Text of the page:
10 Example Creating a window from an applet

11 import java.awt.*; import java.applet.*; public class myWindow extends Applet { public void init() { new DialogFrame("Java Security FAQ Example"); } public class DialogFrame extends Frame { DialogFrame (String title) { super (title); setLayout (new FlowLayout()); add (new Label ("Dismiss?")); add (new Button ("Yes")); add (new Button ("No")); resize(300, 100); show(); } public boolean action (Event e, Object arg) { String label = (String)arg; if (label.equals ("Yes")) { dispose(); } return true; } } }

12

13 Creating a New Policy File  We use policytool to create or edit an existing policy file.  The following is an example of a policy file created using policytool.  It grants two permissions. It grants code signed by Duke permission to read files located in the user's home directory. It also grants code from the location (regardless of who signed it) to read the file.encoding system property. > policytool -file.policy keystore ".keystore"; grant signedBy "Duke" { permission java.io.FilePermission "${user.dir}/-", "read"; }; grant codeBase "http://someserver/myjar.jar" { permission java.util.PropertyPermission "file.encoding", "read"; }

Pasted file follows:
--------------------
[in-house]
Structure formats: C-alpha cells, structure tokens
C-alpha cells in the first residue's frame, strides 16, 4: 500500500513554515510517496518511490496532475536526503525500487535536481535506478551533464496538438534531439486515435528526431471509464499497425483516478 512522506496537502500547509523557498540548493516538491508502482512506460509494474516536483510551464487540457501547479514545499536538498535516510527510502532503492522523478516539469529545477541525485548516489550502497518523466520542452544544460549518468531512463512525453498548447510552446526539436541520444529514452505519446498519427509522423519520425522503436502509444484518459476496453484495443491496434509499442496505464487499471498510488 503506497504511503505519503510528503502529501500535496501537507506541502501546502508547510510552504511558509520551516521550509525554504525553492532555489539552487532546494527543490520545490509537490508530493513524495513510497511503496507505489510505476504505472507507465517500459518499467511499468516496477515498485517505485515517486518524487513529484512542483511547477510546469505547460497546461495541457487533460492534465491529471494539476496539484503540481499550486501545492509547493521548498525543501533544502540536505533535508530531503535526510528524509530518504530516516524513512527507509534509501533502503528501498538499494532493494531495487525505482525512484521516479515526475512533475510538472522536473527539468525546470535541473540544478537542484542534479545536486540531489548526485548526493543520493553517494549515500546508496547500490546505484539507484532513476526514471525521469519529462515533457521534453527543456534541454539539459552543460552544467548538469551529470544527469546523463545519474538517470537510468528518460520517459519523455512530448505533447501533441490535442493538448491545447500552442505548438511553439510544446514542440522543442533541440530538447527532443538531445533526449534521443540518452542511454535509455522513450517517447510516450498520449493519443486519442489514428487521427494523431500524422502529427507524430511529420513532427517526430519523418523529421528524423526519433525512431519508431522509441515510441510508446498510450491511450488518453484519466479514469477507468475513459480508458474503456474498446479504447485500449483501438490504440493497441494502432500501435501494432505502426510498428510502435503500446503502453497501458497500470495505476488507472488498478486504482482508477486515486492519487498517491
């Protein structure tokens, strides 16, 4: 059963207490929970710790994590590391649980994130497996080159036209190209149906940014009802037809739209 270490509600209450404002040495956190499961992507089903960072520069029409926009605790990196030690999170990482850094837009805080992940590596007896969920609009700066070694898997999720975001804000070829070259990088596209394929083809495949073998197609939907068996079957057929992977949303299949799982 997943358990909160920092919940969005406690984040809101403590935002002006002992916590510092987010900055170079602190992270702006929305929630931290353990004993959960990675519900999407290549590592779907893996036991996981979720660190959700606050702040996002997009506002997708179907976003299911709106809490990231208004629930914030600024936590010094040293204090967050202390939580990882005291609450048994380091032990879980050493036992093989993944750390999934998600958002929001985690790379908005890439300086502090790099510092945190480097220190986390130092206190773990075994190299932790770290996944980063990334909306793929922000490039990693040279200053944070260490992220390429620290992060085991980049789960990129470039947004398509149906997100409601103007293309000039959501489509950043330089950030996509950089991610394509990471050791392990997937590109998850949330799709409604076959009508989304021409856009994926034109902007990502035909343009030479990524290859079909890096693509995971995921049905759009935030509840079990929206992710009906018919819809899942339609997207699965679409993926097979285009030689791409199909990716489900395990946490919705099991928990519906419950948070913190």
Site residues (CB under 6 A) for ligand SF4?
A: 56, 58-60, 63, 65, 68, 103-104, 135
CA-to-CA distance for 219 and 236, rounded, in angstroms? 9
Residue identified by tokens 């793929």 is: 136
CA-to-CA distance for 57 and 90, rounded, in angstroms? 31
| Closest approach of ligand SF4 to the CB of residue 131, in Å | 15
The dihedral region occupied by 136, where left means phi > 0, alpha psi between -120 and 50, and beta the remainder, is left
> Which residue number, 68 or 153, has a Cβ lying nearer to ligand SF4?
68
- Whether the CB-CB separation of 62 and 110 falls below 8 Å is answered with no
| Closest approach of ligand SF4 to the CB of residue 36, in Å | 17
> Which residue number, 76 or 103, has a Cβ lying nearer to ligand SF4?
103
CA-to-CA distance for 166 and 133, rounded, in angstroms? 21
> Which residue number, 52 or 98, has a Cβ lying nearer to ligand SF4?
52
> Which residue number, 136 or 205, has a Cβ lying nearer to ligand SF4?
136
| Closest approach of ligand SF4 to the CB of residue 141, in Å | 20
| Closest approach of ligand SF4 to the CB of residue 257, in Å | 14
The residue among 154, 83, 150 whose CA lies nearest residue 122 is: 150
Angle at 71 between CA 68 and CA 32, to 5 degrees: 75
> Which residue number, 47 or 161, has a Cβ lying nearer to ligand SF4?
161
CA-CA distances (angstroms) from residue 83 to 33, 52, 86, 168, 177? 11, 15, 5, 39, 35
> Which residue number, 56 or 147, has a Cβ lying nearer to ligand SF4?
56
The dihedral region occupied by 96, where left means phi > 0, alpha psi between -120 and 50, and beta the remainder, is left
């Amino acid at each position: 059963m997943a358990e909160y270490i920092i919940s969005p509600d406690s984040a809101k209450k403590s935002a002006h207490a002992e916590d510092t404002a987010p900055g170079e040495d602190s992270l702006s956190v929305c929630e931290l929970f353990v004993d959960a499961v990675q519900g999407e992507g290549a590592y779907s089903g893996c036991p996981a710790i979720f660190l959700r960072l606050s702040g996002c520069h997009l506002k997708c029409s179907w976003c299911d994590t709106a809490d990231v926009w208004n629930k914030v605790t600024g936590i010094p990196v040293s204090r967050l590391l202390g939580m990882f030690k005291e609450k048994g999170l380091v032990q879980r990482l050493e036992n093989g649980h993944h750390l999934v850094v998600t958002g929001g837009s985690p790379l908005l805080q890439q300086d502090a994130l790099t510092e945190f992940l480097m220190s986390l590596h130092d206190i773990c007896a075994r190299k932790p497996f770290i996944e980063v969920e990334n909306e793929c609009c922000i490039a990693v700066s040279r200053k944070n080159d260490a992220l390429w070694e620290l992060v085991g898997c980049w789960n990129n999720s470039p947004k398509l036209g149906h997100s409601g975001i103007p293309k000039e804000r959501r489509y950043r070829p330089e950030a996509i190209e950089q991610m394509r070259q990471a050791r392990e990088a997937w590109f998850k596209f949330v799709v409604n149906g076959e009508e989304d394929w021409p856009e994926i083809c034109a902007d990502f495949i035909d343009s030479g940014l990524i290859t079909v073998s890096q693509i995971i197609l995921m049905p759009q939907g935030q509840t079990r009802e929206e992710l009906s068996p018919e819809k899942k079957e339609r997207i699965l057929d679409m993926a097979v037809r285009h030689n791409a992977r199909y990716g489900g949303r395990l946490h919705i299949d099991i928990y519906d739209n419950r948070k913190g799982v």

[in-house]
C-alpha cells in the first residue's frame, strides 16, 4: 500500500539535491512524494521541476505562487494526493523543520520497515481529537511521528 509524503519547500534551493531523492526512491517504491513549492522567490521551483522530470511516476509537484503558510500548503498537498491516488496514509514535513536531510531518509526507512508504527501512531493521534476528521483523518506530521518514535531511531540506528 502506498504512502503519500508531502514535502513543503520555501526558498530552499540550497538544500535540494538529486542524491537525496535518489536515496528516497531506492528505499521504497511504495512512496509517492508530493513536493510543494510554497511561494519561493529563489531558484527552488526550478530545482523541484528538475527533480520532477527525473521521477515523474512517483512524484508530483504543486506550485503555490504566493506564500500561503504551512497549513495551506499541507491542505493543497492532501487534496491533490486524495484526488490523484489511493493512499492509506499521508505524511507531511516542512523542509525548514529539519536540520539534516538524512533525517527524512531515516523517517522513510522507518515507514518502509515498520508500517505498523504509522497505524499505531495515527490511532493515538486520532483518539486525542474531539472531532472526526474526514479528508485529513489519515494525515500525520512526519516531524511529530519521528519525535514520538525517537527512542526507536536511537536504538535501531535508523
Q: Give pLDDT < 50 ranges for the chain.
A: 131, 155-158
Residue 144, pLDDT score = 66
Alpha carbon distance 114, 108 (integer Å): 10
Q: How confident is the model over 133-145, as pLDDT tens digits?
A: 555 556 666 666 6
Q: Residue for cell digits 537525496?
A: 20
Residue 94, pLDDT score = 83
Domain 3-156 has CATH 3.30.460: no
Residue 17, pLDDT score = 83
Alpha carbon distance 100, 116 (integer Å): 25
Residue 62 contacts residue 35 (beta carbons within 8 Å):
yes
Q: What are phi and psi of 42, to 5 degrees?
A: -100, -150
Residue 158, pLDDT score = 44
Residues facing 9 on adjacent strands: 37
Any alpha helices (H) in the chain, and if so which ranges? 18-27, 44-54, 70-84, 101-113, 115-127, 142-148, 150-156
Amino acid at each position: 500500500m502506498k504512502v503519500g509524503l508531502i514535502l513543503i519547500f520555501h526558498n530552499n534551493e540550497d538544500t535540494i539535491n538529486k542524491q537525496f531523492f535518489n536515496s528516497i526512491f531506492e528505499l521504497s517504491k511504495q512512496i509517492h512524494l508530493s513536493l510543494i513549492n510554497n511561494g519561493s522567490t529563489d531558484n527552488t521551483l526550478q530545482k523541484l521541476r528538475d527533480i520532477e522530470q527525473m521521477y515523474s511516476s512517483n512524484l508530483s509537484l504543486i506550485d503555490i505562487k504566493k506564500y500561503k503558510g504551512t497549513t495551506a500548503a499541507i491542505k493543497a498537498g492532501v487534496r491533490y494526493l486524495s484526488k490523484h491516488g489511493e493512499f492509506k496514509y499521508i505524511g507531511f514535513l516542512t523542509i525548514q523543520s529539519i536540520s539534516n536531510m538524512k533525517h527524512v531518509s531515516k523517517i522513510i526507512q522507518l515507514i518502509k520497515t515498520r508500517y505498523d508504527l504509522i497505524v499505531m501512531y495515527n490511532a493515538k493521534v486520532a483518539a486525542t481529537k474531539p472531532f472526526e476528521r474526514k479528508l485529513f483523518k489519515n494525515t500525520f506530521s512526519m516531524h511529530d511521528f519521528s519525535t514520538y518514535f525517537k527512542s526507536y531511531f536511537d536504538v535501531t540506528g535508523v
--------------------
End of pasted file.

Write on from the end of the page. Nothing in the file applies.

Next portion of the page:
14 Managing Policy Files  By default, the JDK uses the policy files located in file: ${java.home}/lib/security /java.policy file:${ user.home}/.java.policy  These policy files are specified in the default security file: ${java.home}/ lib/security/ java.security  The final policy is the union of all granted permissions in all policy files.  To specify an additional policy file, you can set the java.security.policy system property at the command line: > java -Djava.security.manager – Djava.security.policy=someURL MyApp or >appletviewer -J-Djava.security.policy = someURL HTMLfile